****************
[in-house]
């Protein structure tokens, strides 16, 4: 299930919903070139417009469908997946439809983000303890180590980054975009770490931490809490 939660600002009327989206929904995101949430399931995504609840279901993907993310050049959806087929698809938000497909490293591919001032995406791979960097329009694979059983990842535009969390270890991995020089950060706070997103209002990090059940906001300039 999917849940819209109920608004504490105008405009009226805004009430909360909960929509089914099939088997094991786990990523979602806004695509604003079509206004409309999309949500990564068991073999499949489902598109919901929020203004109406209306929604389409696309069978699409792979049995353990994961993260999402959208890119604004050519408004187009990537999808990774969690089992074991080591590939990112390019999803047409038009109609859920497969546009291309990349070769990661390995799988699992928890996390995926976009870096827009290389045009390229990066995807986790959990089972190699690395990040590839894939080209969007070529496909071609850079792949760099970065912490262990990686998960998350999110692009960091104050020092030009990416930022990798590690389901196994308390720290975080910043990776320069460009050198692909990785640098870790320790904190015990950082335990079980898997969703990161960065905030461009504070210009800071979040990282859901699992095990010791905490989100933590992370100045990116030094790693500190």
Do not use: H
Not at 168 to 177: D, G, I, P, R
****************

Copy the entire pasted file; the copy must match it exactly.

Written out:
[in-house]
């Protein structure tokens, strides 16, 4: 299930919903070139417009469908997946439809983000303890180590980054975009770490931490809490 939660600002009327989206929904995101949430399931995504609840279901993907993310050049959806087929698809938000497909490293591919001032995406791979960097329009694979059983990842535009969390270890991995020089950060706070997103209002990090059940906001300039 999917849940819209109920608004504490105008405009009226805004009430909360909960929509089914099939088997094991786990990523979602806004695509604003079509206004409309999309949500990564068991073999499949489902598109919901929020203004109406209306929604389409696309069978699409792979049995353990994961993260999402959208890119604004050519408004187009990537999808990774969690089992074991080591590939990112390019999803047409038009109609859920497969546009291309990349070769990661390995799988699992928890996390995926976009870096827009290389045009390229990066995807986790959990089972190699690395990040590839894939080209969007070529496909071609850079792949760099970065912490262990990686998960998350999110692009960091104050020092030009990416930022990798590690389901196994308390720290975080910043990776320069460009050198692909990785640098870790320790904190015990950082335990079980898997969703990161960065905030461009504070210009800071979040990282859901699992095990010791905490989100933590992370100045990116030094790693500190």
Do not use: H
Not at 168 to 177: D, G, I, P, R